On September 21, 2006, a citation to discover assets was issued for Nola; the citation was served on November 6, 2006. On November 30, 2006, the Trustee filed the now-pending Motion for Turnover in which he claimed he was entitled to a turnover of "[a]ll the issued and outstanding stock of South Beach Securities" held by Nola in partial satisfaction of the Amended Judgment against Nola. In support of his motion, the Trustee claims that Nola has failed to transfer "$3,000,000.00 worth of tax credits" as required by the Amended Judgment.

First, the Trustee argues that Nola has, despite his repeated requests, failed to provide him with necessary information regarding the tax credits. He maintains that the tax credits, obtained pursuant to 26 U.S.C. § 45, are worthless unless they can be successfully "monetized"-i.e., sold to third parties for cash-and that successful monetization requires "extensive due diligence about land fill gas and compliance with relevant tax laws." Trustee's Reply in Further Support of its Motion for Turnover ("Trustee's Reply"), at 4. Although Nola sent two agreements to the Trustee's attorneys in January 2004 that, if executed, purported to transfer the tax credits, the Trustee claims that he could not execute the agreements because Nola had failed to answer his repeated requests for information. According to the Trustee, Nola's refusal to help monetize the tax credits ignored its obligation under paragraph E of the parties' July 12, 2001 letter agreement to "take any and all action necessary to cause [the Trustee] to receive interests reflecting the benefits of up to $3,000,000 of tax credits." Exhibit B to Nola, L.L.C.'s Memorandum in Opposition to Trustee's Motion for Turnover, ¶ E.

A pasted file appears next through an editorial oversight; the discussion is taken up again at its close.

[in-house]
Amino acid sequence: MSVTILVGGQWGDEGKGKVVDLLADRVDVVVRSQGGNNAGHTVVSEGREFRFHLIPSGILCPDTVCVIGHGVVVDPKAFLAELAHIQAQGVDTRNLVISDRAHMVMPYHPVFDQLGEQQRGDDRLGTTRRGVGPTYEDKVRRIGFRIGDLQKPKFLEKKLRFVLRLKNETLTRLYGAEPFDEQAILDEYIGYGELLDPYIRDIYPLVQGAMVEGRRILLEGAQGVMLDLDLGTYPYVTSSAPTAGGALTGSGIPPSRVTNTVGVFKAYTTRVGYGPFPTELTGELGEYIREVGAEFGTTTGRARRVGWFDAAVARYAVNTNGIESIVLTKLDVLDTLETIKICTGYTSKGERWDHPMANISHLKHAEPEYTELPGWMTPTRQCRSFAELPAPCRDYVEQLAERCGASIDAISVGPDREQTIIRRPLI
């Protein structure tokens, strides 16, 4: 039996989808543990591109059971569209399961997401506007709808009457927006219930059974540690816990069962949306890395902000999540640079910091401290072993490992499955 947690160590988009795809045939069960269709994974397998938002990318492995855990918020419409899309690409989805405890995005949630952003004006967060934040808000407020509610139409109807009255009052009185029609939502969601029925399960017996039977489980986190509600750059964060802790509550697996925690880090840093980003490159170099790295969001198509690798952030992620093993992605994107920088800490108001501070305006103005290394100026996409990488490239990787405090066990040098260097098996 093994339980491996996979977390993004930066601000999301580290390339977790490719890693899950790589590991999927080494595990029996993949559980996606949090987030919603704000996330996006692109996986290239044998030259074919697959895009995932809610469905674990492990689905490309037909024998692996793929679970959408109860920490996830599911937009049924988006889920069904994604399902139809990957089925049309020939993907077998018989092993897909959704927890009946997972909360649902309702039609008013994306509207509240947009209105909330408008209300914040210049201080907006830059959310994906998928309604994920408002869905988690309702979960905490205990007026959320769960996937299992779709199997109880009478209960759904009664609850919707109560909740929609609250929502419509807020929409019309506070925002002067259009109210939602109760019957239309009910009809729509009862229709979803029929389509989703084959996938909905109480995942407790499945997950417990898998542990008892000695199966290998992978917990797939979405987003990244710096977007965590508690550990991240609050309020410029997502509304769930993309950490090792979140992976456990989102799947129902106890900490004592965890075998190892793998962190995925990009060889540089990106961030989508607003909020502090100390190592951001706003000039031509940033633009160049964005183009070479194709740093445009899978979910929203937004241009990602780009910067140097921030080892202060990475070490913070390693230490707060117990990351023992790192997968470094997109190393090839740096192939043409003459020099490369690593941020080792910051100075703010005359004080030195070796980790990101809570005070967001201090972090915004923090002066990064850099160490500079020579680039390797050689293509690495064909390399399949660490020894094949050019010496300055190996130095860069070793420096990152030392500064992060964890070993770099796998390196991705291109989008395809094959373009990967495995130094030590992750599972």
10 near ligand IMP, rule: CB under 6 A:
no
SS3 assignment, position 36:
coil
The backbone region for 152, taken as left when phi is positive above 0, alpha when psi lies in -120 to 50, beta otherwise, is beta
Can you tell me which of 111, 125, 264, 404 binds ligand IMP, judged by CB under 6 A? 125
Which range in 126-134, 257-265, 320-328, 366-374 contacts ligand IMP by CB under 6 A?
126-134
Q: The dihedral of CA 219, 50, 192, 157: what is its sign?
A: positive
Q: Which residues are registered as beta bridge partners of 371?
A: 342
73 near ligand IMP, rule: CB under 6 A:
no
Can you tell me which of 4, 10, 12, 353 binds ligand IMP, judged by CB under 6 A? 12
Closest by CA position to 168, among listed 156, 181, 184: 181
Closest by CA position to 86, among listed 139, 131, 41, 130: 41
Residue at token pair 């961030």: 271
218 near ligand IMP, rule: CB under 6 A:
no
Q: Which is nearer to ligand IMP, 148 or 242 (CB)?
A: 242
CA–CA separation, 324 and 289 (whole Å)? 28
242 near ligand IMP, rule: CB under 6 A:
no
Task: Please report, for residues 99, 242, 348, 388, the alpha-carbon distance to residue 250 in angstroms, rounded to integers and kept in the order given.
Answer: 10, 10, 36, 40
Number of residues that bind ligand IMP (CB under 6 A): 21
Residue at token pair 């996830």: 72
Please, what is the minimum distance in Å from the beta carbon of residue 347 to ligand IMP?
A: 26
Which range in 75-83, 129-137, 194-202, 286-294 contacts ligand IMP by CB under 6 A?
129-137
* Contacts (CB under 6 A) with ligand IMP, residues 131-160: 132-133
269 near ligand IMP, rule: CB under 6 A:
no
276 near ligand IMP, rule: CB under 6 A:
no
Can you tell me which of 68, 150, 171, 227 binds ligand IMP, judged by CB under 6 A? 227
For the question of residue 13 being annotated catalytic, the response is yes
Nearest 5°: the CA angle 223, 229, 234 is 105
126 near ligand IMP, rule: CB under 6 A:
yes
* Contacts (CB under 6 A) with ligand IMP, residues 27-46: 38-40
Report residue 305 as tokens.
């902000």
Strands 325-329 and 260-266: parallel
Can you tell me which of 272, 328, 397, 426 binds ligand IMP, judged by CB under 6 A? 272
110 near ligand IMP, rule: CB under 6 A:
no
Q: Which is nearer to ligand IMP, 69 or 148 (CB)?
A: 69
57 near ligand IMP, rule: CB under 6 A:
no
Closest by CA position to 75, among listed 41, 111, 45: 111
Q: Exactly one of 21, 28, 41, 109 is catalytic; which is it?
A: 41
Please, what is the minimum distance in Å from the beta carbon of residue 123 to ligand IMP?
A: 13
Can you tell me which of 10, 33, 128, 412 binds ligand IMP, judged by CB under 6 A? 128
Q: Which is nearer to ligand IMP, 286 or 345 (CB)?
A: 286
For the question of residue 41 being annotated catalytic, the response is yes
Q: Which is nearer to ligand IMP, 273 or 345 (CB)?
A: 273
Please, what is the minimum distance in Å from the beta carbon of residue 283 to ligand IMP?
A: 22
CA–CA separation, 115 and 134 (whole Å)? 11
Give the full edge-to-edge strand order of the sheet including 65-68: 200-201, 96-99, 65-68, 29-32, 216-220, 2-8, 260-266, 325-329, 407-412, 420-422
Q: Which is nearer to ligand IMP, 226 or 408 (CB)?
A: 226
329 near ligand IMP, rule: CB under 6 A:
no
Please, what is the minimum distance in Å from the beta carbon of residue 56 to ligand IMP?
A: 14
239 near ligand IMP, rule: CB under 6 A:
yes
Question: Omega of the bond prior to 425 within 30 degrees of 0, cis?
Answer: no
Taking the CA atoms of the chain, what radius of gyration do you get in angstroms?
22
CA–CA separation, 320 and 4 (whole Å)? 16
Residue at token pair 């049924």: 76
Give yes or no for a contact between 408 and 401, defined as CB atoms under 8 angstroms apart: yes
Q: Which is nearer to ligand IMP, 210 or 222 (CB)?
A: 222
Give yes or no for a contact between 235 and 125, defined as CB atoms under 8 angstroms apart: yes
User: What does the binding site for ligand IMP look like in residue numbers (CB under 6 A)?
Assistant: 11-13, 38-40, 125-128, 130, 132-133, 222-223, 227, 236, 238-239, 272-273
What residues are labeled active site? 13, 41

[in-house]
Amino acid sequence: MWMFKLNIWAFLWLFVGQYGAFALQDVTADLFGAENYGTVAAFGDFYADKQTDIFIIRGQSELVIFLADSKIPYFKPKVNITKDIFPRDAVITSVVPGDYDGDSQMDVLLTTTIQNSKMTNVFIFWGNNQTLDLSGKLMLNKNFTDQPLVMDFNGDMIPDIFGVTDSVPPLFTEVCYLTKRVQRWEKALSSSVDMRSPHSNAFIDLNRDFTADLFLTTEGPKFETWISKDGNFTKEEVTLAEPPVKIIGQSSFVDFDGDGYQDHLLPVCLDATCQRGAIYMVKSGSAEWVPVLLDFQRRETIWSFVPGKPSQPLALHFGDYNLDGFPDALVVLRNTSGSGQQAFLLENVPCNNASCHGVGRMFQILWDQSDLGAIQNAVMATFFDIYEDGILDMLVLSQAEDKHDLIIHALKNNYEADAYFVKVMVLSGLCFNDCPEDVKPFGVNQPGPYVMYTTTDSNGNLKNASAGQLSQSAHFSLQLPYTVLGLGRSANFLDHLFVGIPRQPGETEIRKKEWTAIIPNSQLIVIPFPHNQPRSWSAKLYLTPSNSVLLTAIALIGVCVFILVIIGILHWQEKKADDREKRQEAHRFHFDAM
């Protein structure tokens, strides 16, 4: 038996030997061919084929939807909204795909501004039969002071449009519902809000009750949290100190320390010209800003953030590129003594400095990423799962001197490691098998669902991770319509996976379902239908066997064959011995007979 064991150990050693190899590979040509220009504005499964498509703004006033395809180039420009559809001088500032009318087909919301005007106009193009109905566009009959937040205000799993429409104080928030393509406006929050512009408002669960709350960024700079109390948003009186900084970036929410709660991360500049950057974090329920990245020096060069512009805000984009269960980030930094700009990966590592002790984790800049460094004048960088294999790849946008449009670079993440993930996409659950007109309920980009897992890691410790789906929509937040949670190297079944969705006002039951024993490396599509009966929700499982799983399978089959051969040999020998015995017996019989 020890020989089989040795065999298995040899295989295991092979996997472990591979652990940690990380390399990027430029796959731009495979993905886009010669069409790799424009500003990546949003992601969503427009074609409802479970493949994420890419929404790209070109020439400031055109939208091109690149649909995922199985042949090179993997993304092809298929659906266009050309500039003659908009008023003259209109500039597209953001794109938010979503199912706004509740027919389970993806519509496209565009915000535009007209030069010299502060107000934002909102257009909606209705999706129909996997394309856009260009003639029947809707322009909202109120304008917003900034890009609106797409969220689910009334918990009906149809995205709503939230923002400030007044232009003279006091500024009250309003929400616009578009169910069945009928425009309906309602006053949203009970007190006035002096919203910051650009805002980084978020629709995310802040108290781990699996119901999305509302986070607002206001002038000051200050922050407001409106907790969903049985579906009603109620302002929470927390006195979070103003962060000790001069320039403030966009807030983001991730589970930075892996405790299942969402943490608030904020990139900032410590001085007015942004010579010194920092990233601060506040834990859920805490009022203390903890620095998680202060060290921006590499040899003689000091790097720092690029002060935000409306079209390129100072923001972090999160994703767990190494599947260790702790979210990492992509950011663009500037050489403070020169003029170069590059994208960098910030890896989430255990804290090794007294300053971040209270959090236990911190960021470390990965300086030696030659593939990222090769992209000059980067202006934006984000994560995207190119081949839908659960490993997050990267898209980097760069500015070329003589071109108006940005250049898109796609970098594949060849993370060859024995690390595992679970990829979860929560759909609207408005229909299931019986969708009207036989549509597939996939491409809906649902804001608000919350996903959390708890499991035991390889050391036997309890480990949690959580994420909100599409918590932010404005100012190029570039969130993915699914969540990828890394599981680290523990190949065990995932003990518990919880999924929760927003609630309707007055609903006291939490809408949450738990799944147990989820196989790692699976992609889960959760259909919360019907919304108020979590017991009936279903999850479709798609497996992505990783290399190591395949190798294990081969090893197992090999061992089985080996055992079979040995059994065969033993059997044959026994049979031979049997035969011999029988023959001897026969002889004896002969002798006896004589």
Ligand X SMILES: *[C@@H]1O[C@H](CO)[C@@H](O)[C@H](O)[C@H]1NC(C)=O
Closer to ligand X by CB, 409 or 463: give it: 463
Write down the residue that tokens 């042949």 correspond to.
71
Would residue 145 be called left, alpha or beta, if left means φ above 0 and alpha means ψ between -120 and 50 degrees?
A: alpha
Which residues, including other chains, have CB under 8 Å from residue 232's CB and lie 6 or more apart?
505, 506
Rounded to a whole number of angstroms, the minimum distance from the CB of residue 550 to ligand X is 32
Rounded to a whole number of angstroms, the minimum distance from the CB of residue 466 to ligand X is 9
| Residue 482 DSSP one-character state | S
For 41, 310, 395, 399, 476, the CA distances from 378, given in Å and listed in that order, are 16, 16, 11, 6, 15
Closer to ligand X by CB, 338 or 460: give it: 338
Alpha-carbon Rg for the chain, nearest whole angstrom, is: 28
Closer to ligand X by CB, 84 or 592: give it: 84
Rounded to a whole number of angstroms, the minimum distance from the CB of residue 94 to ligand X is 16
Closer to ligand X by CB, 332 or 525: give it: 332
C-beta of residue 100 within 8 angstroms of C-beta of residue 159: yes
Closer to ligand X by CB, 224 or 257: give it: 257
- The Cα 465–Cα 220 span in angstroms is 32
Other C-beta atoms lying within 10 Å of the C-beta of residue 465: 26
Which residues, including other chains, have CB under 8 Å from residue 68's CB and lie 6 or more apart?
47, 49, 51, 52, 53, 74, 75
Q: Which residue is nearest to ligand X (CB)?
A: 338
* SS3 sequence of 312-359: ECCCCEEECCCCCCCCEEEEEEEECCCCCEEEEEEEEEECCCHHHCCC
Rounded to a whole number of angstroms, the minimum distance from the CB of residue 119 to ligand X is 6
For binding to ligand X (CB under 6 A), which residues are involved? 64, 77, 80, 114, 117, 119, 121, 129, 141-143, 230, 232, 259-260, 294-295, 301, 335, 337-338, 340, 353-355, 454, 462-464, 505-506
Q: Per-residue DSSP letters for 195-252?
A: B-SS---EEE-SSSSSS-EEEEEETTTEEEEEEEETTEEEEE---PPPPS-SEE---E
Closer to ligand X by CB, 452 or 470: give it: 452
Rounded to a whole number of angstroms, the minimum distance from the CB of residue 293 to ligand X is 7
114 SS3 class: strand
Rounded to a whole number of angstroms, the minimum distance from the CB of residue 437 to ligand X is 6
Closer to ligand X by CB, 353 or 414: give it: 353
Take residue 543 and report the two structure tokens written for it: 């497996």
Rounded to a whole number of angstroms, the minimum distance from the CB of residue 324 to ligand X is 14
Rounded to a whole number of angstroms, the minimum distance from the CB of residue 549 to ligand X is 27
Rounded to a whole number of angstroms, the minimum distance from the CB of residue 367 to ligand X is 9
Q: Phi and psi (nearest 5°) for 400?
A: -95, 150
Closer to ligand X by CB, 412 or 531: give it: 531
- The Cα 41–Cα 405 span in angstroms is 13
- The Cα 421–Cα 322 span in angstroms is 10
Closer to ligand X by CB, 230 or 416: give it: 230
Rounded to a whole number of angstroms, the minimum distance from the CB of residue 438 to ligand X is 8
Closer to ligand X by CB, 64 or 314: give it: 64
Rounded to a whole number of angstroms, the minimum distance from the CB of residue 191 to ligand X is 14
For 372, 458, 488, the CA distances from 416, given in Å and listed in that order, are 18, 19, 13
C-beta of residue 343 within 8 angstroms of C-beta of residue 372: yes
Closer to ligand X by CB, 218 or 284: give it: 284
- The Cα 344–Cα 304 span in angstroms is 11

Second, the Trustee argues that, even if Nola had provided the information necessary to monetize the tax credits, the two agreements it sent to the Trustee were "hopelessly defective." Trustee's Reply, at 4.He cites six examples from the agreements which he claims show that Nola has failed to "take any and all action necessary" to transfer the $3,000,000 in tax credits to the Trustee.

Notwithstanding these two arguments, however, the Trustee alleges that the tax credits currently have no value. Therefore, he claims that even if Nola were to provide the requested information and send non-defective agreements, it could not satisfy its obligation to transfer "$3,000,000 worth of tax credits." As a result, the Trustee argues that he is entitled to a turnover of Nola's stock in South Beach Securities as partial satisfaction of the Amended Judgment against Nola.